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On “I’m Homesick Sittin’ Up Here in My Satellite,” Toronto’s Doldrums have created a track that sounds like someone took the year 1965 out for a night on the town and got it way too drunk. It’s a giddy, goofy, cacophonous mess of a thing that sounds like it’s going to spend the entirety of 1966 with a massive hangover.
Doldrums is the brainchild of Canadian artist Eric Woodhead, whose artwork included creating videos and websites by fictional bands. One of those fictional bands decided to cover Portishead’s “Chase the Tear,” which managed to catch the attention of and greatly please Portishead themselves. The resulting attention caused Woodhead to change Doldrums’ status from fiction to non-fiction.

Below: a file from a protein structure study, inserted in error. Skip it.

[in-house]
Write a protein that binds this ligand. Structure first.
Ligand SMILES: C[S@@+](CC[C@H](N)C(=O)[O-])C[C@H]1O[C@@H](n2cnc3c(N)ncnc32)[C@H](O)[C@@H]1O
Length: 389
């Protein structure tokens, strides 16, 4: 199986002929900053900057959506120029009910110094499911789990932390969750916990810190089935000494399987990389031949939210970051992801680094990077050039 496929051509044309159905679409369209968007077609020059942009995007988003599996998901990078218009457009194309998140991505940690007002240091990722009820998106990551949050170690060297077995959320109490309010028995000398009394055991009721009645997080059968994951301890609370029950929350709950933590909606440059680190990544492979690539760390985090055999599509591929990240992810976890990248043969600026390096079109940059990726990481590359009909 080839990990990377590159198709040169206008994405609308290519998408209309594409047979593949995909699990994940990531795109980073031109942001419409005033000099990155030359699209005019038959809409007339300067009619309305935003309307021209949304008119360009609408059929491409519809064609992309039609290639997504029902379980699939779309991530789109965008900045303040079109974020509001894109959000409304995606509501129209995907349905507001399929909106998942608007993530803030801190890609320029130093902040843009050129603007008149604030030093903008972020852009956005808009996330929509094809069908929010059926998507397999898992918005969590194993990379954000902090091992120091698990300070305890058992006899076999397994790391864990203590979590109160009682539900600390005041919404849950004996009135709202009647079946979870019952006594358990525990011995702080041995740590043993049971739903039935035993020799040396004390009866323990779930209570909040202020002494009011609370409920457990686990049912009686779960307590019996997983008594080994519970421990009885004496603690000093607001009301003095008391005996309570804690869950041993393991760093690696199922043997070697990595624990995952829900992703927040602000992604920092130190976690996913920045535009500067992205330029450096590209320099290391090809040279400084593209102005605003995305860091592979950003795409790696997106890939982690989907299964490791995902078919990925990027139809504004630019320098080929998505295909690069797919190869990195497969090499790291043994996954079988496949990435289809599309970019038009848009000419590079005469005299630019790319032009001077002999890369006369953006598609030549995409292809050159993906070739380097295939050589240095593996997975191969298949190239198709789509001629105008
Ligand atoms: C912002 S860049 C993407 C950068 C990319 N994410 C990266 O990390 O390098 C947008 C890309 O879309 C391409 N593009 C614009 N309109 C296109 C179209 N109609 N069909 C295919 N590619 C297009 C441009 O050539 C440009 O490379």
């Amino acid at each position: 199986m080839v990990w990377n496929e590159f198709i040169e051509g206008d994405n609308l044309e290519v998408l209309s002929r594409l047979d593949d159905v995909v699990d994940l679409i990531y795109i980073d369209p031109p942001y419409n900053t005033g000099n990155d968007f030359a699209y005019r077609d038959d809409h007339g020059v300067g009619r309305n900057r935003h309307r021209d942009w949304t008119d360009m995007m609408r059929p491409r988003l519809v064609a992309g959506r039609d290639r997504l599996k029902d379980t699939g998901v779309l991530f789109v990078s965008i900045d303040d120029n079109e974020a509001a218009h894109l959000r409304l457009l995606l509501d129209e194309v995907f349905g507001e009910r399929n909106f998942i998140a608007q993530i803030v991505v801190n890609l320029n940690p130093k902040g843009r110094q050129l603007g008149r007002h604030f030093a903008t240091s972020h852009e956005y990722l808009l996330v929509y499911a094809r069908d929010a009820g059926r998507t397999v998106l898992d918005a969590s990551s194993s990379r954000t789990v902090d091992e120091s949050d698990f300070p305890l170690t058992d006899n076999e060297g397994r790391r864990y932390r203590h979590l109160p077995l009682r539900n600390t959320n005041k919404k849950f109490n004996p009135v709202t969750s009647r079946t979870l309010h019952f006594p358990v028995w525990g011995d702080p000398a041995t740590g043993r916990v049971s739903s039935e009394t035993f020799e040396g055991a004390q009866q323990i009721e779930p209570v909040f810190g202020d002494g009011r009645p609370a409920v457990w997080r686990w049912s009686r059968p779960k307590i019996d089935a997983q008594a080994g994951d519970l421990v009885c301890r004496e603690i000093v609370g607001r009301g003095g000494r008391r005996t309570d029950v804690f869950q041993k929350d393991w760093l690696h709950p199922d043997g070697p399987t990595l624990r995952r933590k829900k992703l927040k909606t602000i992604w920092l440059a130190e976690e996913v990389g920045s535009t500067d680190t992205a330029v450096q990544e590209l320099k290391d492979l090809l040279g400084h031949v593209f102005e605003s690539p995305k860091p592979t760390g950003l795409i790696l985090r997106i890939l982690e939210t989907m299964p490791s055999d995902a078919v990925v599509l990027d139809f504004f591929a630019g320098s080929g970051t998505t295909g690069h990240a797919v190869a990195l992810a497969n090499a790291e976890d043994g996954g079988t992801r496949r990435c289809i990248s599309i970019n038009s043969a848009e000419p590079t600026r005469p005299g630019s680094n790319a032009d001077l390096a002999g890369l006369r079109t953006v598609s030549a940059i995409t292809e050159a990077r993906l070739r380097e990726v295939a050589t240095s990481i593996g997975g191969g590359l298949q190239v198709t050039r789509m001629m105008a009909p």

With “I’m Homesick Sittin’ Up Here in My Satellite” Woodhead runs the Mad Men era through today’s modern pop-culture blender mentality and re-creates what the world must have felt like to Barbara Eden’s Jeannie when astronaut Tony Nelson released her from her bottle after centuries into the world of the mid-’60s. Esquivel-style space age bachelor pad music butts up against the primitive garage rock stomp of bands like The Monks and John Barry spy movie soundtracks, while Woodhead yelps a hallucinogenic tale of being stranded in outer space that Will Robinson could relate to.
It’s a wild and woozy mash-up of elements that hangs together despite the fact that it spends its entire running time sounding like it’s about to explode into two hundred different directions–not unlike the era that it evokes. “I’m Homesick Sittin’ Up Here in My Satellite” sounds like the first hand account of an outside observer watching a society as it begins to realize it’s tired of its own company and wants to do something else.
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